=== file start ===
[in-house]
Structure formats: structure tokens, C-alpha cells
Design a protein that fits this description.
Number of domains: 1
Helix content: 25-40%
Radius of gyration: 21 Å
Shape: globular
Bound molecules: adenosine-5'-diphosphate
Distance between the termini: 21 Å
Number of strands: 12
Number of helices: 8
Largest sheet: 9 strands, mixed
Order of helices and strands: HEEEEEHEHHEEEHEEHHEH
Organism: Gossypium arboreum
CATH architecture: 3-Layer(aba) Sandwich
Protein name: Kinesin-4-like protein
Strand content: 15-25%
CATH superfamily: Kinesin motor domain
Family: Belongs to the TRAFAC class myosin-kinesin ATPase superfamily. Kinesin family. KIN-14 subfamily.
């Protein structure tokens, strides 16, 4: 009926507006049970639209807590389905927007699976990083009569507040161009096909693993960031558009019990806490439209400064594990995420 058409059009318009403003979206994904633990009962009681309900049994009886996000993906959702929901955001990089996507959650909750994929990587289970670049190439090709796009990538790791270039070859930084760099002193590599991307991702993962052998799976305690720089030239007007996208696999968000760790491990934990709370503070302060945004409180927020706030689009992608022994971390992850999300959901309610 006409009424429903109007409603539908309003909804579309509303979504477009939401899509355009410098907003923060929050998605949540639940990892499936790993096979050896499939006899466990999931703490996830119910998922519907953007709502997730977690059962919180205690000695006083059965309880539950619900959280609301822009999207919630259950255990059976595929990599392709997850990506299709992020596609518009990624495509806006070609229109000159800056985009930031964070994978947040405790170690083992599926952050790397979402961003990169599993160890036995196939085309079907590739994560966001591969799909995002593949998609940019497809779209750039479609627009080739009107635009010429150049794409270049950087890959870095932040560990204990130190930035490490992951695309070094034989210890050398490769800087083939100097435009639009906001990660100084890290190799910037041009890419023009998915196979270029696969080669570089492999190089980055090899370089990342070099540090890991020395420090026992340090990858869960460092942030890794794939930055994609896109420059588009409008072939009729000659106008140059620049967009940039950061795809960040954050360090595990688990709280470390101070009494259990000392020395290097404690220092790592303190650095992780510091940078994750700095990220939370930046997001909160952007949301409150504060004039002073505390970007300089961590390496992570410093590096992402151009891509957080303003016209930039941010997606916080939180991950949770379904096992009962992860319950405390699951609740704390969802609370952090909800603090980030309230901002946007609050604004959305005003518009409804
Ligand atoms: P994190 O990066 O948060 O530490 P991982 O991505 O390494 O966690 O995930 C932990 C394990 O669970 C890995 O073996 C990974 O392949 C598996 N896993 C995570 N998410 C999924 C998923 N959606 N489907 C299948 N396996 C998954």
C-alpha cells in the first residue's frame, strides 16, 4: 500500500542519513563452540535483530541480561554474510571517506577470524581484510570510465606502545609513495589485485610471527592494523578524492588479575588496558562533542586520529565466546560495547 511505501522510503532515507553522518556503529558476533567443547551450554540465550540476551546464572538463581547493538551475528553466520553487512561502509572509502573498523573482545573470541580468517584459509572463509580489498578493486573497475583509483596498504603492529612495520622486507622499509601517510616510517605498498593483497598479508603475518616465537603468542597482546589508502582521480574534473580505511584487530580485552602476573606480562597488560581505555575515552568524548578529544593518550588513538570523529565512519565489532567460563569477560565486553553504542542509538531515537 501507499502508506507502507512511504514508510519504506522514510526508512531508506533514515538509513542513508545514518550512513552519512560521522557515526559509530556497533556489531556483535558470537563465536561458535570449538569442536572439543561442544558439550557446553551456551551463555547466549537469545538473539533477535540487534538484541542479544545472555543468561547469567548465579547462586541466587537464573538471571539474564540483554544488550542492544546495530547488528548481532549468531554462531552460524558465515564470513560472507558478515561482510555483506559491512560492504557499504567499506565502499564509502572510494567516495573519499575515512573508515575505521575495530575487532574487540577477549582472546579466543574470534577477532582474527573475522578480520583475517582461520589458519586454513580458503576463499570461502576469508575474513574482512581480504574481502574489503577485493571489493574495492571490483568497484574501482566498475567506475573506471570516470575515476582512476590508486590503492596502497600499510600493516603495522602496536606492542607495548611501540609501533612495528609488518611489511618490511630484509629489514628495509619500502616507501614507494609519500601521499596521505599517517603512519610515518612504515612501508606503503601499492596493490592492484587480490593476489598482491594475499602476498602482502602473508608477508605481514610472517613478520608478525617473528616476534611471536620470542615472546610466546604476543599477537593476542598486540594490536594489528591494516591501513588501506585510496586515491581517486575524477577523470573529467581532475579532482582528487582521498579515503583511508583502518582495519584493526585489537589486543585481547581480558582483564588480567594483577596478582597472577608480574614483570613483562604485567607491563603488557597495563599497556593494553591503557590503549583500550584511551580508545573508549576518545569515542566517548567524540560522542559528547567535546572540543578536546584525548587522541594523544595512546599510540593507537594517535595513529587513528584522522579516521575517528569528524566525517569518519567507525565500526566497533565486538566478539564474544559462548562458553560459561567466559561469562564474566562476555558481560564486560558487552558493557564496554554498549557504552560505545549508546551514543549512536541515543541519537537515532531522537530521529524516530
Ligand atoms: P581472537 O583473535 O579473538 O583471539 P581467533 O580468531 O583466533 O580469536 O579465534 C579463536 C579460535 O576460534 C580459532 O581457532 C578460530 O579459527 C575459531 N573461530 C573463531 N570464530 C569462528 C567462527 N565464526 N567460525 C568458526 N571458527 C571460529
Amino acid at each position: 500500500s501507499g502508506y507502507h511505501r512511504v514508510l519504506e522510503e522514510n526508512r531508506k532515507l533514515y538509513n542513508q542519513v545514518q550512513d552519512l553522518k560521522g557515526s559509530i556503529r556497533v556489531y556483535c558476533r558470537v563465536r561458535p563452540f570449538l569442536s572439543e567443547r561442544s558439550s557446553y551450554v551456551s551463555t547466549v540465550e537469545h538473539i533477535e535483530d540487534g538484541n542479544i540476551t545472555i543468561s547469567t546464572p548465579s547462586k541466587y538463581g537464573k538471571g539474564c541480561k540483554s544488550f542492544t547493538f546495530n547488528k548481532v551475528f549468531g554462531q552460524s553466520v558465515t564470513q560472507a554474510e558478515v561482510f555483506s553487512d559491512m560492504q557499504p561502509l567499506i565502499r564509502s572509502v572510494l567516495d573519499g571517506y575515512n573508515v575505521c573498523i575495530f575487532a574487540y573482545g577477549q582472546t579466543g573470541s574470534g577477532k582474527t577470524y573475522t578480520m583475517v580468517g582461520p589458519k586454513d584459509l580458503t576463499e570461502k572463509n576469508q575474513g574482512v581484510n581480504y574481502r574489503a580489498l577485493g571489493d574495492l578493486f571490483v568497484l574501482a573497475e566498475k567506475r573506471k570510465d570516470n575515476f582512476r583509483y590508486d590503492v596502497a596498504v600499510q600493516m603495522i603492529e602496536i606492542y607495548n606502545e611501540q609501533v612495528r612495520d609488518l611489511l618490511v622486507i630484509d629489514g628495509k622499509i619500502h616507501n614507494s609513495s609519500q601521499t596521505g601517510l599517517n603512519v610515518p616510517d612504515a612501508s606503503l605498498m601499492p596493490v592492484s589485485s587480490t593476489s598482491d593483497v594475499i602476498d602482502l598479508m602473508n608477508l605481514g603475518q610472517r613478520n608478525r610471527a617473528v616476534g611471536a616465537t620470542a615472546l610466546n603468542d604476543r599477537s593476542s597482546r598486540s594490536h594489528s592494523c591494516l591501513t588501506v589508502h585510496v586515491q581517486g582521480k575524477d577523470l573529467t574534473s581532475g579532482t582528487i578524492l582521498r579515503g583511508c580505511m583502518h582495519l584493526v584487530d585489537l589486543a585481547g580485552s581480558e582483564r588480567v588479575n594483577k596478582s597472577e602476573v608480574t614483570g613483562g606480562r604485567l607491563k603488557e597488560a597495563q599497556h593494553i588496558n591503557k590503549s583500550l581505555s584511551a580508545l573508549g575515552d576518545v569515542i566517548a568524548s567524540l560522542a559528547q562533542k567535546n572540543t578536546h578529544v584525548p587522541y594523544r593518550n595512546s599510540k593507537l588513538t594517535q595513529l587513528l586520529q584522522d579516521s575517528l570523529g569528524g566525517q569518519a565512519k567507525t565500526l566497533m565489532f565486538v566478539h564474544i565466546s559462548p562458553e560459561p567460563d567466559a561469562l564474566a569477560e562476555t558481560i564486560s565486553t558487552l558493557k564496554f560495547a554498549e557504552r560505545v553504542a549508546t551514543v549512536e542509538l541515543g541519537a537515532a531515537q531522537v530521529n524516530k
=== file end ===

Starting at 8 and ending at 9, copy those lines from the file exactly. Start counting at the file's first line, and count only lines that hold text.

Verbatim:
Bound molecules: adenosine-5'-diphosphate
Distance between the termini: 21 Å